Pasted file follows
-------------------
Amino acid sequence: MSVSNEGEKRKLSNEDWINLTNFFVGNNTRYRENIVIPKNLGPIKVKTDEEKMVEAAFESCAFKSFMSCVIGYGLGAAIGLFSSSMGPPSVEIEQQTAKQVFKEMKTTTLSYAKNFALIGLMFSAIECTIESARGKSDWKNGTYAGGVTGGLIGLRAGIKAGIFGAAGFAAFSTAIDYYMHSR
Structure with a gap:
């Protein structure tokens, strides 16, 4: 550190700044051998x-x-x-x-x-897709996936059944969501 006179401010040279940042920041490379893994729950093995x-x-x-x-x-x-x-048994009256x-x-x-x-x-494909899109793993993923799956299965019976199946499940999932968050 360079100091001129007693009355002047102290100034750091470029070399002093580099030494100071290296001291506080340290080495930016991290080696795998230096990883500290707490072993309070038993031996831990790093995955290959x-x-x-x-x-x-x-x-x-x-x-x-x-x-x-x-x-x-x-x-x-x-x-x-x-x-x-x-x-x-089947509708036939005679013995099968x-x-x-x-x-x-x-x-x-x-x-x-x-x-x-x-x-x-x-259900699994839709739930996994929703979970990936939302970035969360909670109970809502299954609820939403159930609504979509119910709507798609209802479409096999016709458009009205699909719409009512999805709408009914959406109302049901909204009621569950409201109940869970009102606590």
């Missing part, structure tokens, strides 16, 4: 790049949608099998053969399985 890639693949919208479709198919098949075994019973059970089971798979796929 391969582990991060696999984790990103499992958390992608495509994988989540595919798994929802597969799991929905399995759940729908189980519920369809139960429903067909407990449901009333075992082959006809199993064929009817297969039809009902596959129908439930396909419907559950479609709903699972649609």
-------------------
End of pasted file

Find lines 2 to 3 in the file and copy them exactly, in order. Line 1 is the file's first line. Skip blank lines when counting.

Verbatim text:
Structure with a gap:
């Protein structure tokens, strides 16, 4: 550190700044051998x-x-x-x-x-897709996936059944969501 006179401010040279940042920041490379893994729950093995x-x-x-x-x-x-x-048994009256x-x-x-x-x-494909899109793993993923799956299965019976199946499940999932968050 360079100091001129007693009355002047102290100034750091470029070399002093580099030494100071290296001291506080340290080495930016991290080696795998230096990883500290707490072993309070038993031996831990790093995955290959x-x-x-x-x-x-x-x-x-x-x-x-x-x-x-x-x-x-x-x-x-x-x-x-x-x-x-x-x-x-089947509708036939005679013995099968x-x-x-x-x-x-x-x-x-x-x-x-x-x-x-x-x-x-x-259900699994839709739930996994929703979970990936939302970035969360909670109970809502299954609820939403159930609504979509119910709507798609209802479409096999016709458009009205699909719409009512999805709408009914959406109302049901909204009621569950409201109940869970009102606590």